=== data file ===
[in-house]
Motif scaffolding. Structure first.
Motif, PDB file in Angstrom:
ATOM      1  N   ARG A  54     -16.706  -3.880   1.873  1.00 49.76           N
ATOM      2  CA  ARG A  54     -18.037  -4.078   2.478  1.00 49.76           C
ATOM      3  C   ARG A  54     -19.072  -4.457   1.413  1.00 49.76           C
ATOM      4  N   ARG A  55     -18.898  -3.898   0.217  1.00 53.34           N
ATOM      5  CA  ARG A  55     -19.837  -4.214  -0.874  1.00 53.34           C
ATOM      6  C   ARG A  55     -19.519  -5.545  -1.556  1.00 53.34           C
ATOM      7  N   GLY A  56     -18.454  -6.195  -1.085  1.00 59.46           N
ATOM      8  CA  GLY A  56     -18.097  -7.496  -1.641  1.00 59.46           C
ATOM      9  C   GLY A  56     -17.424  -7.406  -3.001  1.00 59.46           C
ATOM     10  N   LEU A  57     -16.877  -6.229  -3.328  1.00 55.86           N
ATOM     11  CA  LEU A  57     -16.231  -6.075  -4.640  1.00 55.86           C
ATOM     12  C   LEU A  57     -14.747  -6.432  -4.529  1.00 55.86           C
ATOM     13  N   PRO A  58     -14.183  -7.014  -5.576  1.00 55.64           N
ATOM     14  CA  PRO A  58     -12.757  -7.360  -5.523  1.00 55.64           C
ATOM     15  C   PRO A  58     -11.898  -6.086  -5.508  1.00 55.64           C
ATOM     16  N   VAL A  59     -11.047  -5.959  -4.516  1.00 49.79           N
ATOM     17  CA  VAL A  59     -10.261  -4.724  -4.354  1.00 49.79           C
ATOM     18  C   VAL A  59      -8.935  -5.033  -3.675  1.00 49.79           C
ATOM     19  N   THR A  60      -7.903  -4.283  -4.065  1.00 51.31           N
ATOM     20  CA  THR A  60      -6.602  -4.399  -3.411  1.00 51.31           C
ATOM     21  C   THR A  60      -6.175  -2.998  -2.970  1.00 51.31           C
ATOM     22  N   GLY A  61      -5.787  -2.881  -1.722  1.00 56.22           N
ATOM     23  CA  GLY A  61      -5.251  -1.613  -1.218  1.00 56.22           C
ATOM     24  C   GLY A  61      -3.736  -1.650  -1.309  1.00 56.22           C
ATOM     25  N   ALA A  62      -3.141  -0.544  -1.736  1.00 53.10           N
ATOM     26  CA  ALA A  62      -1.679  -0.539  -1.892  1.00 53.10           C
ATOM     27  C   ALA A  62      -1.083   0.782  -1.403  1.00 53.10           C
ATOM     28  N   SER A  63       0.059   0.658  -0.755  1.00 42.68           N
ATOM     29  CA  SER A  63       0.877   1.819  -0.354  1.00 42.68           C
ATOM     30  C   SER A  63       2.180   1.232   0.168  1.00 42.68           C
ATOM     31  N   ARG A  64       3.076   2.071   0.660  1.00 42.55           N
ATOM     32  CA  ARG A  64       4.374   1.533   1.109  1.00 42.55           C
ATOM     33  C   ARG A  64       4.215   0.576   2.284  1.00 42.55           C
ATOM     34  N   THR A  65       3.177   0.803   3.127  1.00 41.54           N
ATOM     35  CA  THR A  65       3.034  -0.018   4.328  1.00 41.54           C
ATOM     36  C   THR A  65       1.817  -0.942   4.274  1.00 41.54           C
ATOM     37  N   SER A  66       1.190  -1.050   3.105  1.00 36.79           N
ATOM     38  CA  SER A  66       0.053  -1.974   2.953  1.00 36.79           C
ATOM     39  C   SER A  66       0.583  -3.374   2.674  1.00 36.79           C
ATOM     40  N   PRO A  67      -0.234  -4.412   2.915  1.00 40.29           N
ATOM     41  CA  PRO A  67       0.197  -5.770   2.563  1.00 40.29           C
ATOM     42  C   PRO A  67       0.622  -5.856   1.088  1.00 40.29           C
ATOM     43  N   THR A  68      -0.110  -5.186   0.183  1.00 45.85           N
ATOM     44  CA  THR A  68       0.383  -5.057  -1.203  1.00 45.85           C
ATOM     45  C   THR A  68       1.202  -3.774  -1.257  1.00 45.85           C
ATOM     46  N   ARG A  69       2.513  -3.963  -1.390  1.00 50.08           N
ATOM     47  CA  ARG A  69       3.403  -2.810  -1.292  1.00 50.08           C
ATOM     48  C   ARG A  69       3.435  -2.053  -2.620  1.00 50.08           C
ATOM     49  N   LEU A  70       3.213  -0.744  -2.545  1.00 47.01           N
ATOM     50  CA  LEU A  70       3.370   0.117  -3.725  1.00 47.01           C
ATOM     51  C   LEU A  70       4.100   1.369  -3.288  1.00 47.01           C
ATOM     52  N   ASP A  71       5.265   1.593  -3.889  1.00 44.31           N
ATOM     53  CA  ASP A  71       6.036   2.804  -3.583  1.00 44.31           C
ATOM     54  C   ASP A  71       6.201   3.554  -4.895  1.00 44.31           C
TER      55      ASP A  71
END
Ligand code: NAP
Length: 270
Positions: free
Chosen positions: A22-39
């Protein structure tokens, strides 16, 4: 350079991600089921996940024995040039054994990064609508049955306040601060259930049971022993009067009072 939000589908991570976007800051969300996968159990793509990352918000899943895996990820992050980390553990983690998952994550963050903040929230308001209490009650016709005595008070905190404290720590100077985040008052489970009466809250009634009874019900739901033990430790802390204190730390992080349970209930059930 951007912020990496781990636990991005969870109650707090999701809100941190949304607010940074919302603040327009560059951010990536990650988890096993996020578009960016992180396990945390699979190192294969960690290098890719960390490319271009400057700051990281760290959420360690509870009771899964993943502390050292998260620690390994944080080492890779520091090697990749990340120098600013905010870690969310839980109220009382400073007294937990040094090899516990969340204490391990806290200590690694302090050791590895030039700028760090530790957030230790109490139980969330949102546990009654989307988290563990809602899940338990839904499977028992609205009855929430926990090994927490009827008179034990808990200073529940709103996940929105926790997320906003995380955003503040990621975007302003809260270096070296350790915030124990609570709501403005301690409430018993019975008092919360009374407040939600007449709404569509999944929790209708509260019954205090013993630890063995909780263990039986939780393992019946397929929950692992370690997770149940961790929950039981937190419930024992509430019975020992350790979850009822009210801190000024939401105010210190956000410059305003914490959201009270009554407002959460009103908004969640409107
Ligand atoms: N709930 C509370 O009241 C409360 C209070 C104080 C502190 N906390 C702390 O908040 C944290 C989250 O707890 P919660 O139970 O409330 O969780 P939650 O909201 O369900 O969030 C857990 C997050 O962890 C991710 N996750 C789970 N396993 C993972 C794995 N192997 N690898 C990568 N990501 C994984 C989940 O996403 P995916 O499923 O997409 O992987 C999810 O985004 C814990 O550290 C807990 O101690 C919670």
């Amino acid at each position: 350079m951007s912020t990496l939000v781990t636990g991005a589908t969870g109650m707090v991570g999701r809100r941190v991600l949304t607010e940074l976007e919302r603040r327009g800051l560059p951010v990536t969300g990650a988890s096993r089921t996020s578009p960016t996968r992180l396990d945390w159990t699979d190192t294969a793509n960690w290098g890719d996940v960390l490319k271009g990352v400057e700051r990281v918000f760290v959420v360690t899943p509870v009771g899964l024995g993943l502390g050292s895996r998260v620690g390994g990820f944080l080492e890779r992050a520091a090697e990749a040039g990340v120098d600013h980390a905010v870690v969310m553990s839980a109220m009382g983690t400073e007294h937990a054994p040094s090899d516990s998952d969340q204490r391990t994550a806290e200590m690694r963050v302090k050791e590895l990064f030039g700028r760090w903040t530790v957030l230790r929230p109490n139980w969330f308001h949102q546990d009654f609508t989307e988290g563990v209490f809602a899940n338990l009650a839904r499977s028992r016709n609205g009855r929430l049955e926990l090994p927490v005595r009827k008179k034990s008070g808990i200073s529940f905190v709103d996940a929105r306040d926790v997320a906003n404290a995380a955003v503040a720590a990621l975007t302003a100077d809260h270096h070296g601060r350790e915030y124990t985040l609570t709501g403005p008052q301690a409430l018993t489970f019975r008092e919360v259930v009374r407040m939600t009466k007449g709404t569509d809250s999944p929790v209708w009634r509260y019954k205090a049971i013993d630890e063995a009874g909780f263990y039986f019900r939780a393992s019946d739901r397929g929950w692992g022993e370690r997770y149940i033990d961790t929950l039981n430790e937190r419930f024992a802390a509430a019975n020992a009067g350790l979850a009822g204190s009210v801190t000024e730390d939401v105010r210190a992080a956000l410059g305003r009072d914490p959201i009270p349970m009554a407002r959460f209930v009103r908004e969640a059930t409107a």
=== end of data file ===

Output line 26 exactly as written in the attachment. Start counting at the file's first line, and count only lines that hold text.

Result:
ATOM     23  CA  GLY A  61      -5.251  -1.613  -1.218  1.00 56.22           C